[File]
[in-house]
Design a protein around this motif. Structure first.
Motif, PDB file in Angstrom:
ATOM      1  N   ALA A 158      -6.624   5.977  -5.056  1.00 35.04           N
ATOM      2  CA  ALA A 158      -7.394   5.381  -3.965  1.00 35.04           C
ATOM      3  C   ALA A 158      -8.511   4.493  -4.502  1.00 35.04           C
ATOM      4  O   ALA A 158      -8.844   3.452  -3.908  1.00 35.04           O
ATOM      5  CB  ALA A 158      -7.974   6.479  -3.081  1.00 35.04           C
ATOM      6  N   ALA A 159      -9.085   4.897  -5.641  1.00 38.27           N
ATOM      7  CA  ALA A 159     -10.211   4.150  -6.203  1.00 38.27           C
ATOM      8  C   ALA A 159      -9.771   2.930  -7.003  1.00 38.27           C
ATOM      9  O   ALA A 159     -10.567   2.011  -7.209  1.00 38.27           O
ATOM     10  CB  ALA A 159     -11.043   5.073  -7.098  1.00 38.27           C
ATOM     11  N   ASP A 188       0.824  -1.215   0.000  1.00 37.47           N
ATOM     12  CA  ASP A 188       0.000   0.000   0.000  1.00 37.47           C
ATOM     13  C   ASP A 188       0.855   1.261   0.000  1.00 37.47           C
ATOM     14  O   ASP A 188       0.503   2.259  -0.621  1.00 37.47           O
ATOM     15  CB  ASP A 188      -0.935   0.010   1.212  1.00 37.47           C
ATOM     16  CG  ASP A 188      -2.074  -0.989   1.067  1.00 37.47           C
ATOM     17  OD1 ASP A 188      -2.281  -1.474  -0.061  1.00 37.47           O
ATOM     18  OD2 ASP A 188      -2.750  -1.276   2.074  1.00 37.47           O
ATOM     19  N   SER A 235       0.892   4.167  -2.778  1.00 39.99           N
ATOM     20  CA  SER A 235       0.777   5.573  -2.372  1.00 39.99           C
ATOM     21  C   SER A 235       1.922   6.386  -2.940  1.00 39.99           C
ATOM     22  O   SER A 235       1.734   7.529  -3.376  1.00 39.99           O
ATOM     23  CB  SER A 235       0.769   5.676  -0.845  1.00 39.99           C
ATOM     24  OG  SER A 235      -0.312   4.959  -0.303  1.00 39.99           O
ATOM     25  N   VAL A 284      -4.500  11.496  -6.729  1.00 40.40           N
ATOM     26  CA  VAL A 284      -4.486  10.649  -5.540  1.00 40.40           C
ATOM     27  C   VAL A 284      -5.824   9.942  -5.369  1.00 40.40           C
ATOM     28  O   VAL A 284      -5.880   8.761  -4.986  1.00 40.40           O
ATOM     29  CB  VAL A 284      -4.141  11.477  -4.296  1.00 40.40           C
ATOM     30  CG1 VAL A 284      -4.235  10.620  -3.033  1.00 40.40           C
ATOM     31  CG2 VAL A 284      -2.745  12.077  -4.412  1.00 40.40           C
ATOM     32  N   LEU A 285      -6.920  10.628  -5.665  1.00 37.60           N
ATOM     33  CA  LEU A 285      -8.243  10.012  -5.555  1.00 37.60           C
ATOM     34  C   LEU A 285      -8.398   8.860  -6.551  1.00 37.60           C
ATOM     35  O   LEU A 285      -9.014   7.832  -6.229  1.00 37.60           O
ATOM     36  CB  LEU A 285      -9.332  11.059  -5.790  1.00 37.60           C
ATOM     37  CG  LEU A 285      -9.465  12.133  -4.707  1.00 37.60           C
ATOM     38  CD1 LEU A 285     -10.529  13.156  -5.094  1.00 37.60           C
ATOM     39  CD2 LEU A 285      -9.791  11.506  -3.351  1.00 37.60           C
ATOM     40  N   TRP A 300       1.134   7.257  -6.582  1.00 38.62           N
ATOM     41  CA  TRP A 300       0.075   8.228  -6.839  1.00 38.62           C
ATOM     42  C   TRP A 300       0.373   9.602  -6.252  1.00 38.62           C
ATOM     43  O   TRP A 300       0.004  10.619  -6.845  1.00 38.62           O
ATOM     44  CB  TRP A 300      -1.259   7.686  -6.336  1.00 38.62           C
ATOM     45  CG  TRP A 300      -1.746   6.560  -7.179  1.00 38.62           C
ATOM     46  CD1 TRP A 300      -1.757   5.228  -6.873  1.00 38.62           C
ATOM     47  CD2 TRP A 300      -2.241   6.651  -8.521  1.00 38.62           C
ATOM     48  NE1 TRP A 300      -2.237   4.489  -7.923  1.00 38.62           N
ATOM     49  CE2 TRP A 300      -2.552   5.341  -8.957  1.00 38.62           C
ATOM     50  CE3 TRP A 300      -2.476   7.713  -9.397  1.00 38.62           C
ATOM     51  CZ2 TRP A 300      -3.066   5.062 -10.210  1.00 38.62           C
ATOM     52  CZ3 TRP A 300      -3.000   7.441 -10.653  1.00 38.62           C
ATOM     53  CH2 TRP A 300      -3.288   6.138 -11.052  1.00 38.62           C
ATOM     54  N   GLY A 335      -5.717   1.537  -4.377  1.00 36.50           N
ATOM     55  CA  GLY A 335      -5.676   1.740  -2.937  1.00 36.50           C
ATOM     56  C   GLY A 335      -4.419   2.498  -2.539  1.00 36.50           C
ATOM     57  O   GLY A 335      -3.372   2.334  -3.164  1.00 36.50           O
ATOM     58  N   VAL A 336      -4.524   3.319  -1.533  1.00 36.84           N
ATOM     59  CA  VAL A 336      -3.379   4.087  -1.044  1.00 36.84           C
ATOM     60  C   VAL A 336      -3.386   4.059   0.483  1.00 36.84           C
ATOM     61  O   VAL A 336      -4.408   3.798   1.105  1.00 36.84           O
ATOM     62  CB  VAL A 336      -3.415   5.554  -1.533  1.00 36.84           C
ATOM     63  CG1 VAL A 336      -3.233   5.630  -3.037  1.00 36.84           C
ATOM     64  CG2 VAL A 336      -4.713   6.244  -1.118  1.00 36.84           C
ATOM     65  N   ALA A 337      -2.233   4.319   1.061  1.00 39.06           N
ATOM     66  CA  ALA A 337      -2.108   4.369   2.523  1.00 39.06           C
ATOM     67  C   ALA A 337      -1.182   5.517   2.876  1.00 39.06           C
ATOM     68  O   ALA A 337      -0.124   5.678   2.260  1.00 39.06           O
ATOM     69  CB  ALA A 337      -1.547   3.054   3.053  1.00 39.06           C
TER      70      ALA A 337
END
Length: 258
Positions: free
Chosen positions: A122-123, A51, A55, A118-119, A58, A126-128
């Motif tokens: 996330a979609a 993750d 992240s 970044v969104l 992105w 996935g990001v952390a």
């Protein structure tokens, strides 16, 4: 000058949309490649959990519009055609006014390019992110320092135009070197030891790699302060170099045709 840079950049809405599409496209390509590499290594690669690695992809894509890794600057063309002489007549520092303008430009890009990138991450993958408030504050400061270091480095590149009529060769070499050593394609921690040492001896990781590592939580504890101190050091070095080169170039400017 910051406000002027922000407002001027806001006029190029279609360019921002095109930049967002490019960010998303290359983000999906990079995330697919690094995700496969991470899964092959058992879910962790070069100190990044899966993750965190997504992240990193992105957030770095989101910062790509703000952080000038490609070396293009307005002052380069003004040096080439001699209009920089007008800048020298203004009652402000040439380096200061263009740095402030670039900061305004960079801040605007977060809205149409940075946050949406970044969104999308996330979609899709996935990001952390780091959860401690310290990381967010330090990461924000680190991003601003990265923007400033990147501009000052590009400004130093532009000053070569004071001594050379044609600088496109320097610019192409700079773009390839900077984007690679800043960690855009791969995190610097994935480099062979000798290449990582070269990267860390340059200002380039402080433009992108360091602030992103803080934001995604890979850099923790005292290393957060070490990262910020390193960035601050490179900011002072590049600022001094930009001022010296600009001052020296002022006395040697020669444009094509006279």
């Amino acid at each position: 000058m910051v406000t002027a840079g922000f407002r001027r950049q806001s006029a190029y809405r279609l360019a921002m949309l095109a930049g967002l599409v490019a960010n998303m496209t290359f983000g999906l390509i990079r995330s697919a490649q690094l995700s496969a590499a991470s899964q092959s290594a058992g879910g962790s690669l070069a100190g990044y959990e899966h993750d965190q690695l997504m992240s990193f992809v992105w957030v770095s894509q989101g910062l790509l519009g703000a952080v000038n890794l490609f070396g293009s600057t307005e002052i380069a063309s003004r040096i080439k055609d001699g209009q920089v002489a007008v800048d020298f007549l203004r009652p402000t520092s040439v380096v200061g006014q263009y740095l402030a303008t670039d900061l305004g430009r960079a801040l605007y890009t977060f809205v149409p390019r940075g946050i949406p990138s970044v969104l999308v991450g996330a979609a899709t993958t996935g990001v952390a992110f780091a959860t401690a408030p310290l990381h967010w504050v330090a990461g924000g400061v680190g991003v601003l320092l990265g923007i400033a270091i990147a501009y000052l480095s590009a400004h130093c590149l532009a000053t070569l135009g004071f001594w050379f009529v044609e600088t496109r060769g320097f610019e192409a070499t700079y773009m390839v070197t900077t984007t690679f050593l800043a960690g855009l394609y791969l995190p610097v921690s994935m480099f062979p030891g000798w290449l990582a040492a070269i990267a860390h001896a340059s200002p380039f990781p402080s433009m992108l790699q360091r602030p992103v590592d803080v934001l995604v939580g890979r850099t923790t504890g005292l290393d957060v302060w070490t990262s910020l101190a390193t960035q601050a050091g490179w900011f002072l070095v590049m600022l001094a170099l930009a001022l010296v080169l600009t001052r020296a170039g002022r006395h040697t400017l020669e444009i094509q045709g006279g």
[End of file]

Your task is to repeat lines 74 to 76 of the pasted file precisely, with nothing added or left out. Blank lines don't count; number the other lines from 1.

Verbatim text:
END
Length: 258
Positions: free